BNY Mellon Sued, Again, Over Foreign Currency Transactions

Employee Benefits News examines legal developments that impact the employee benefits and executive compensation employers provide, including federal and state legislation, rules from federal...

By Jacklyn Wille

Bank of New York Mellon is once again in the crosshairs of a proposed class action by retirement investors who say the company’s foreign currency transactions cheated them out of money.

The latest lawsuit, filed Dec. 29 by a union worker covered by the Sheet Metal Workers’ National Pension Fund, accuses the company of wrongly manipulating the rates used to convert retirement plan assets held in foreign currencies into U.S. dollars. This manipulation allowed BNY Mellon to skim extra fees from each transaction at the expense of retirement plan investors, the worker says.

The case largely mirrors lawsuits brought in 2015 and 2016, which attacked BNY Mellon’s foreign currency transactions as a violation of fiduciary duties owed to retirement plan investors under the Employee Retirement Income Security Act. BNY Mellon has spent years defending lawsuits and investigations concerning its foreign exchange transactions. Critics say BNY Mellon set fictitious rates when converting foreign securities into U.S. dollars, allowing the company to secretly profit off the spread between the fictitious rate and the actual rate.

These earlier ERISA cases got a boost last March, when a federal judge in New York rejected BNY Mellon’s attempt to have the cases dismissed. Those cases, like the one filed Dec. 29, allegedly involve the retirement benefits of hundreds of thousands of workers.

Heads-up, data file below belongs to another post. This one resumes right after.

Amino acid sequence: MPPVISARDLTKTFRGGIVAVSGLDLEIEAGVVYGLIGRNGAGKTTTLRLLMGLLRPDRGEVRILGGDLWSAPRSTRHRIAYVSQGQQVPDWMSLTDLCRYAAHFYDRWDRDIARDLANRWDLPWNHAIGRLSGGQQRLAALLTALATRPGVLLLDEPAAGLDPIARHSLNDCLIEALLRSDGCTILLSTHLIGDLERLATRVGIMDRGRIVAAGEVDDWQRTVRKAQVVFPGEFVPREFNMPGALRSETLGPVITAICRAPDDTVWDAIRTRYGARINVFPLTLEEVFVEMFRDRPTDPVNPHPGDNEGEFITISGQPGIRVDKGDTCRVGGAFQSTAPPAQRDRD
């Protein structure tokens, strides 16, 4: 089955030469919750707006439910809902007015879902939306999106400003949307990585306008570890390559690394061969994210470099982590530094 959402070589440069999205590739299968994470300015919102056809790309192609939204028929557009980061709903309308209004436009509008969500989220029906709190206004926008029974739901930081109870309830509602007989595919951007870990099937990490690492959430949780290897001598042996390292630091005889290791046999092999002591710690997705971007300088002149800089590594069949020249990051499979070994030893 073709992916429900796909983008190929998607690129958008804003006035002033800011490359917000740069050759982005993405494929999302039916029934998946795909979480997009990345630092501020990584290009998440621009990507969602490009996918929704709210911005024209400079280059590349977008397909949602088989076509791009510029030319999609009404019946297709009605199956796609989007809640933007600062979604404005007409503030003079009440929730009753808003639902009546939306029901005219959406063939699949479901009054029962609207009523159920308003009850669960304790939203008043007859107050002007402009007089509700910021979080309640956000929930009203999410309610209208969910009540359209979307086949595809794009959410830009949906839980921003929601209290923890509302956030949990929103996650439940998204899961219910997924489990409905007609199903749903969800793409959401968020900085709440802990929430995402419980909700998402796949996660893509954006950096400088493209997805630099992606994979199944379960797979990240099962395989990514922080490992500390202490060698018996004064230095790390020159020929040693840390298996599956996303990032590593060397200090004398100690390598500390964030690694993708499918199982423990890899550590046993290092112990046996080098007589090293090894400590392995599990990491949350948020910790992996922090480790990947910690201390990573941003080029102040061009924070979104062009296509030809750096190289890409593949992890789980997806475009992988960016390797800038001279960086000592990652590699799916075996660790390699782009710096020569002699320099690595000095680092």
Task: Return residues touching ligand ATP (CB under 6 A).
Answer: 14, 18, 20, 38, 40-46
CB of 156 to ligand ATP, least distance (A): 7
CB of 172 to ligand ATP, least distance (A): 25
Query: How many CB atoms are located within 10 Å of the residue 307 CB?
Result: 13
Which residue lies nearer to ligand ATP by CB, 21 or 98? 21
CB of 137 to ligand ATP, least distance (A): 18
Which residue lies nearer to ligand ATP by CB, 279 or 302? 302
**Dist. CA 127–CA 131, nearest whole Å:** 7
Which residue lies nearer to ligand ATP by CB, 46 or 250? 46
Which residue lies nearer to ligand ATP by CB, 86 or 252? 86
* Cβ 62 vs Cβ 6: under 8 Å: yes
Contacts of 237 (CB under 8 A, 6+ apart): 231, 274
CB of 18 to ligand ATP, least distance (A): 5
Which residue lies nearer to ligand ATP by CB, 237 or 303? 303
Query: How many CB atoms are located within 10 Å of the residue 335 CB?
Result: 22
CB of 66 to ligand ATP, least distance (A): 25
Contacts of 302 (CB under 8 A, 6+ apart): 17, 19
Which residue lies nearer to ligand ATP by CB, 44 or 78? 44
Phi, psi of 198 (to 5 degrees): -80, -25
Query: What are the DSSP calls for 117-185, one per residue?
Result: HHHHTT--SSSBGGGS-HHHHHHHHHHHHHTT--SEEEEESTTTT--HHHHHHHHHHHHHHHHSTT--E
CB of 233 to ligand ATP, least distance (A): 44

Both the 2016 case and this newest lawsuit were filed by law firm Keller Rohrback on behalf of participants in the sheet metal pension plan. On Nov. 29, 2017, Keller announced that the worker who filed the 2016 case had died, a development likely to end Keller’s involvement in that case.

BNY Mellon is a global financial services company with $32 trillion in assets under custody and administration and nearly $2 trillion in assets under management, according to data on the Bloomberg Terminal. The company declined to comment on the new lawsuit, which is pending in the U.S. District Court for the Southern District of New York.

JPMorgan is also defending ERISA claims over its foreign currency transactions.

The newest case is Scheibel v. Bank of N.Y. Mellon , S.D.N.Y., No. 1:17-cv-10231, complaint 12/29/17 .

To contact the reporter on this story: Jacklyn Wille in Washington at jwille@bloomberglaw.com

To contact the editor responsible for this story: Jo-el J. Meyer at jmeyer@bloomberglaw.com

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